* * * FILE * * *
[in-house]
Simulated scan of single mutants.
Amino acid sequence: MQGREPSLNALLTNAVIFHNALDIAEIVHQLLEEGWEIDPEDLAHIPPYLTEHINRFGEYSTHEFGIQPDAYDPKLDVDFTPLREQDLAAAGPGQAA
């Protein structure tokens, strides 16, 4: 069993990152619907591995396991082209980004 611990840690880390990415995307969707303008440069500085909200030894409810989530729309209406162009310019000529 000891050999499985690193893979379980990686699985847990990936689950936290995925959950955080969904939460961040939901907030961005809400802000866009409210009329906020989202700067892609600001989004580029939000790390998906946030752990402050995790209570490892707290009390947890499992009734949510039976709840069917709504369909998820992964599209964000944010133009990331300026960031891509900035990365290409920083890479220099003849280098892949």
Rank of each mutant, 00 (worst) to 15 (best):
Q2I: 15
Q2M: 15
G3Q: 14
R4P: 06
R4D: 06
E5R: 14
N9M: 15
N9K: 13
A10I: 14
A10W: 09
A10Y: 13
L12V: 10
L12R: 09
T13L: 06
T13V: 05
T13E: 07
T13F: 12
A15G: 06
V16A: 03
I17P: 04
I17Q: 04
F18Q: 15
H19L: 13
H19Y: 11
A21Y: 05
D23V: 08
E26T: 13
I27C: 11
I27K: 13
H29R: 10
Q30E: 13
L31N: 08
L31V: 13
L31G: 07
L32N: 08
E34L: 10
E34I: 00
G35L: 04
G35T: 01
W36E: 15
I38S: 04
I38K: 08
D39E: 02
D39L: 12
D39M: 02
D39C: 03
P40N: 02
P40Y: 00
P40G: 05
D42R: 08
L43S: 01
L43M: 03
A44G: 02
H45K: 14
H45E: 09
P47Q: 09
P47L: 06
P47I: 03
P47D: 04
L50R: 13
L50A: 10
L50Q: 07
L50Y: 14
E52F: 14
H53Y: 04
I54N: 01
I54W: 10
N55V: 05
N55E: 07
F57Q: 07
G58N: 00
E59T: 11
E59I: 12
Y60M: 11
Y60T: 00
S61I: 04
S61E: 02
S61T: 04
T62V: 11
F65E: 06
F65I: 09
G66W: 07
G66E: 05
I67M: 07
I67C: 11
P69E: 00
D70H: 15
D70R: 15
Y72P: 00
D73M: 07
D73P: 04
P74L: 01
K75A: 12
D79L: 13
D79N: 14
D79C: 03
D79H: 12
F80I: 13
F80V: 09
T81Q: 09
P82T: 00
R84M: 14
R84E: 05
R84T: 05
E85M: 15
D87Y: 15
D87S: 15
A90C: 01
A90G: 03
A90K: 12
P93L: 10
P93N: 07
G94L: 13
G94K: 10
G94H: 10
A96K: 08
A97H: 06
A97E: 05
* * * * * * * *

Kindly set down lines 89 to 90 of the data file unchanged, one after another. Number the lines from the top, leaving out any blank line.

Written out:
I67M: 07
I67C: 11